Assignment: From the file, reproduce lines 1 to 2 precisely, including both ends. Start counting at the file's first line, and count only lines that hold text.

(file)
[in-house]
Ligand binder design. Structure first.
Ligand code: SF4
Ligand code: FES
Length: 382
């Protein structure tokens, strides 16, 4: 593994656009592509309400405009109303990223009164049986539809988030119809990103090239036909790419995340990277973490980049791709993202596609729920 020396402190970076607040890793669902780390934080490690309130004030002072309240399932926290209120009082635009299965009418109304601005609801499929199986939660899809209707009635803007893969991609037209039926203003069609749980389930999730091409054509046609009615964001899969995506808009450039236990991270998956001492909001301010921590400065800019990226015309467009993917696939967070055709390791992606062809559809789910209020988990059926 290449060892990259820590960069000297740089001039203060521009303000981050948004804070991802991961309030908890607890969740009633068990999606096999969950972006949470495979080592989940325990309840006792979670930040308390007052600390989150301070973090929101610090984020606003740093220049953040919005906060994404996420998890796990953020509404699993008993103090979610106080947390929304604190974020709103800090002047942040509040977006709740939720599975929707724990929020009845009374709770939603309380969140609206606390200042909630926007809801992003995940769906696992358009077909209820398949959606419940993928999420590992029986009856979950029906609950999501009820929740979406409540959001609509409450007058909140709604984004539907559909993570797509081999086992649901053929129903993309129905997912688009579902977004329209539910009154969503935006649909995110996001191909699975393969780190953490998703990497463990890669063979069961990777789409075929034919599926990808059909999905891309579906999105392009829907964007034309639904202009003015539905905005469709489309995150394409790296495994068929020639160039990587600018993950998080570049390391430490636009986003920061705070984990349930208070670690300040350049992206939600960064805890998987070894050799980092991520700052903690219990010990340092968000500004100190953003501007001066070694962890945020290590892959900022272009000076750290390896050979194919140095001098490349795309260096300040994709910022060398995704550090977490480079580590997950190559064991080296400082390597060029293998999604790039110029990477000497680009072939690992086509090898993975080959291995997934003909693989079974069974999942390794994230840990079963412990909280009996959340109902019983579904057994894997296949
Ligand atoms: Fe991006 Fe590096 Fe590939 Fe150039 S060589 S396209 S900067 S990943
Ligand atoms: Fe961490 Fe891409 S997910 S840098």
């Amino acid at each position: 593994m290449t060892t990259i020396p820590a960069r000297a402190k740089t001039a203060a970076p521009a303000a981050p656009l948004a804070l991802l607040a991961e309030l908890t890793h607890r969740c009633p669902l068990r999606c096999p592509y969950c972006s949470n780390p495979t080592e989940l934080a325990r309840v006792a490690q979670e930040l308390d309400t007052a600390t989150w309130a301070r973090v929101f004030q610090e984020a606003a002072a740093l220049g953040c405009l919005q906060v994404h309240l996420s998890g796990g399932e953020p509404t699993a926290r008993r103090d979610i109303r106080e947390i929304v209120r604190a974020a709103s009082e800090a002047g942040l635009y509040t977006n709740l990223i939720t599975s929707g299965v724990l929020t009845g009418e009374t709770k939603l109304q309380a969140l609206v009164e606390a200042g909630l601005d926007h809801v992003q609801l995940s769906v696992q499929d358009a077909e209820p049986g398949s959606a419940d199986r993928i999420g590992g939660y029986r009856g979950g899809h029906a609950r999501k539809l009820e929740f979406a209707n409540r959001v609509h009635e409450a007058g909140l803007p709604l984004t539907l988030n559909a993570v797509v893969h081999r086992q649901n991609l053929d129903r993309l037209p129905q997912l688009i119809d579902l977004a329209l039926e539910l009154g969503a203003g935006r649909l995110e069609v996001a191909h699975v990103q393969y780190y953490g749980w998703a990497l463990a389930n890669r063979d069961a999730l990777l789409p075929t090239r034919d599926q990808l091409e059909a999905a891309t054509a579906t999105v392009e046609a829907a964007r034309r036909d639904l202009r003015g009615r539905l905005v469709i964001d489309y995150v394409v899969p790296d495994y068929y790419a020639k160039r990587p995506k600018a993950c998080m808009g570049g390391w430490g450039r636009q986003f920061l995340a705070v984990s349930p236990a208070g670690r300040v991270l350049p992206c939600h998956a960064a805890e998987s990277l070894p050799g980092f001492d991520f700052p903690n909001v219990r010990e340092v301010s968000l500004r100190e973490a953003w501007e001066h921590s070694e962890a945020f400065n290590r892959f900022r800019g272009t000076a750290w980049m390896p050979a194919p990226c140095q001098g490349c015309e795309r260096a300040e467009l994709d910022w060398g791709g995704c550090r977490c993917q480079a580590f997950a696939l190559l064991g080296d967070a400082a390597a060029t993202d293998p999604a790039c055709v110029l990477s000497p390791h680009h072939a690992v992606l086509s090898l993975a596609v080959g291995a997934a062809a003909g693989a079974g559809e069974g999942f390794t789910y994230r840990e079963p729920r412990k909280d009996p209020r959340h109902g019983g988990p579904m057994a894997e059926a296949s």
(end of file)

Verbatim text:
[in-house]
Ligand binder design. Structure first.